Goldman Sachs likes iron ore near-term but says prices will fall in 2018

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Iron ore is in a bull market, rising more than 20% from its mid-June level to sit just above $70 a tonne.

Here’s the daily chart of the benchmark price for 62% fines over the past year.

Quite a recovery, recouping around half of the losses that occurred between February to June this year.

And, according to Goldman Sachs’ commodity research team, there’s likely to be further strength to come for the red stuff, at least in the short-term.

Here’s a snippet from a research report released by the bank this week:

In our view, the strength in iron ore prices is likely to continue in the short term, as strong Chinese steel and iron ore demand from infrastructure and property new starts is complemented by solid growth in global activity ex-China. Moreover, ongoing supply-side restrictions in China, together with potential new supply issues such as winter supply cuts, are likely to continue to support Chinese steel margins in the near term.

Given that steel output remains constrained in China, Chinese steel exports are likely to continue to decline as the extremely strong domestic margins attract material to be sold on the mainland, driving ex-China margins up and resulting in ex-China steel mills raising steel output (and thus iron ore demand) to balance the global market.

While Chinese steel output is likely to remain constrained, we expect it to outperform its ‘seasonal’ pattern of declining sharply during the 2H. This Chinese outperformance, combined with upward pressure on ex-China margins, is likely to absorb the iron ore supply growth scheduled for the next 3 months. We find that the sharp Chinese steel production declines during the 2H of the years 2011-2015 largely reflected demand weakness, as steel output rose through the 2H of 2001-2007 and 2009, and was flat through 2H16. This key near-term bear argument is, in our view, a weak one.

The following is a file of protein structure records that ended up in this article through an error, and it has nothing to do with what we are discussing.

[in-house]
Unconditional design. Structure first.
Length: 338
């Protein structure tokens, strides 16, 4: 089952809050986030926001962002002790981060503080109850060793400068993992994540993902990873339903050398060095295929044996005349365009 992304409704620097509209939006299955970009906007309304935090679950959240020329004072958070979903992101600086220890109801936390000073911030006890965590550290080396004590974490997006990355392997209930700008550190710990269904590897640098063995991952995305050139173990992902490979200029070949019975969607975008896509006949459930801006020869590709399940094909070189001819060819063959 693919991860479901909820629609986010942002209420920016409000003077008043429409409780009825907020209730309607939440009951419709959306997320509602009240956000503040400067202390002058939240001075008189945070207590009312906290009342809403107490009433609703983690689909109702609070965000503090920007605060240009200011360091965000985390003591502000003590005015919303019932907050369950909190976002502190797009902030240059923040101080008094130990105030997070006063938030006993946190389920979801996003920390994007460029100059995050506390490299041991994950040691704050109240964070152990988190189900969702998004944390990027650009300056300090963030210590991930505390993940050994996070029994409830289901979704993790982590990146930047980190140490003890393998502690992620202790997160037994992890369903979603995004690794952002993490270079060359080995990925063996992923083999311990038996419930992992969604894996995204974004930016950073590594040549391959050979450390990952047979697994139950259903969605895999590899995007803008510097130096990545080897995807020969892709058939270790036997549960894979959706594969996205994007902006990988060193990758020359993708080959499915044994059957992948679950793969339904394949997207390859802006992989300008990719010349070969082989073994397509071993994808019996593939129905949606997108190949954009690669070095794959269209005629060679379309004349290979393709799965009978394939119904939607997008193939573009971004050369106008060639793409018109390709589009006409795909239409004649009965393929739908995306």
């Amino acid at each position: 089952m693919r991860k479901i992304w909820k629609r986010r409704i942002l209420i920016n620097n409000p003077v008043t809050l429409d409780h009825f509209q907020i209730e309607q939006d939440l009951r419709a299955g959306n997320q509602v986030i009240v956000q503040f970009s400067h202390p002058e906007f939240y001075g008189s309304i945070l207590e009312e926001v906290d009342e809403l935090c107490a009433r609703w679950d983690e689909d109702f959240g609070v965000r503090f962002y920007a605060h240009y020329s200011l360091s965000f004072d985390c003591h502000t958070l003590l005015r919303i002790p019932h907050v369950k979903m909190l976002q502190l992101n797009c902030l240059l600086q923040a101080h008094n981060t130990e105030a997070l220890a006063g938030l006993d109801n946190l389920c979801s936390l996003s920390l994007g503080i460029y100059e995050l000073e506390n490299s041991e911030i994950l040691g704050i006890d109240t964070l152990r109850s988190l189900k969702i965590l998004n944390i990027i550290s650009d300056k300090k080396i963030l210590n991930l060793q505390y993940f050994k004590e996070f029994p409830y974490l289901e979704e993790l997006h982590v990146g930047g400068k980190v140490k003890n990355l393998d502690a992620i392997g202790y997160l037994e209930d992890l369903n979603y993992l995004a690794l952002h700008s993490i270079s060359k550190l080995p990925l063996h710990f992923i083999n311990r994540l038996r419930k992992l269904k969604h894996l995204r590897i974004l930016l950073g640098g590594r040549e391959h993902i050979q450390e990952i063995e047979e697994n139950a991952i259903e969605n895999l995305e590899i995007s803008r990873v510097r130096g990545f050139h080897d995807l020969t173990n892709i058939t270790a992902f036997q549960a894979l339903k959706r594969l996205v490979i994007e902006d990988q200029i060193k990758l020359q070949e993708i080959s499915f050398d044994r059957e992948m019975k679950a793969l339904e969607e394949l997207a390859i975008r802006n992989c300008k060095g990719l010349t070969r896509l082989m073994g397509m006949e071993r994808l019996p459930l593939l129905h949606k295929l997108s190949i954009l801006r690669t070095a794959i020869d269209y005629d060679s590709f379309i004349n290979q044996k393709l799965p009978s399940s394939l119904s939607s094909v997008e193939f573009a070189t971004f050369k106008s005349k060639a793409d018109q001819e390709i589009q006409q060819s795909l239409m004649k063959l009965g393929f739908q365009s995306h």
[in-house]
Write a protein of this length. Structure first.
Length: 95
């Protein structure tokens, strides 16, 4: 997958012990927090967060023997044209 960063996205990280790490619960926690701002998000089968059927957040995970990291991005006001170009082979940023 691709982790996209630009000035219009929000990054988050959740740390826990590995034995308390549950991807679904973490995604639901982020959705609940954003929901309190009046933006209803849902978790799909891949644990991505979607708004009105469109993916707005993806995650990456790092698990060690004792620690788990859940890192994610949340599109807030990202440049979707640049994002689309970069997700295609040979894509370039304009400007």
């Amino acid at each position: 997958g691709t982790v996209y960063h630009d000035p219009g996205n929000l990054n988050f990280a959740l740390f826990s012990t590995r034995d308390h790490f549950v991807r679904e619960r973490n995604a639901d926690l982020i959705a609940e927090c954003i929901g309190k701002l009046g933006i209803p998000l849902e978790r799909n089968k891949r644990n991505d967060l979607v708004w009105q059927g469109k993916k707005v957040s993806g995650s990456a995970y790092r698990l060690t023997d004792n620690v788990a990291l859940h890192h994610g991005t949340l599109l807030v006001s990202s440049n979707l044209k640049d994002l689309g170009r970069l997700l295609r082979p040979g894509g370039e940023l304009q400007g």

So a combination of strong steel and iron ore demand from both China and abroad, along with steel production cuts in China due to environmental considerations during winter, will support steel margins and iron ore prices in the near-term in Goldman’s opinion.

And, as opposed to some other analysts, the bank is not overly concerned by bulging iron ore port inventories in China.

It explains:

We believe the current high level of Chinese iron ore port stocks — another key bear argument — is not as bearish as it appears, since total steel mill and trader steel and iron ore inventory in Fe content is at a relatively normal level in terms of days of consumption.

Goldman says that, in its opinion, high iron ore inventory levels are offset by low steel stocks, noting that the latter has been affected by supply-side reforms to eliminate steel production from outdated and uneconomic mills.

Here’s how Chinese iron ore and steel inventory levels currently sit compared to recent years.

Source: Goldman Sachs

Given that assessment, Goldman has decided to upgrade its forecast for iron ore over the next three months, lifting it to $70 a tonne from $55 seen previously.

However, longer-term, it’s a little more pessimistic on the price outlook, mirroring sentiment from the vast majority of forecasters.

We take a bearish view during 2018, as we forecast in our base case a slowing in global steel demand and output (iron ore demand) growth, and strong supply growth in iron ore.

Our expectation of a gradual slowdown in steel demand partly reflects base effects, but is also driven by our expectation that China will slow credit growth and this will have a disproportionate impact on the steel-intensive old economy sectors.

On the supply side, we expect supply pressure to build into 2018 — mainly driven by Vale, Rio Tinto and BHP — and the market would need lower prices to clear a seaborne surplus of more than around 100 million tonnes during 2018, which we estimate at around $50-55/t based on the cost curve.

Goldman expects prices to fall to $55 in the first half of 2018 before extending those declines to $50 by the end of next year.

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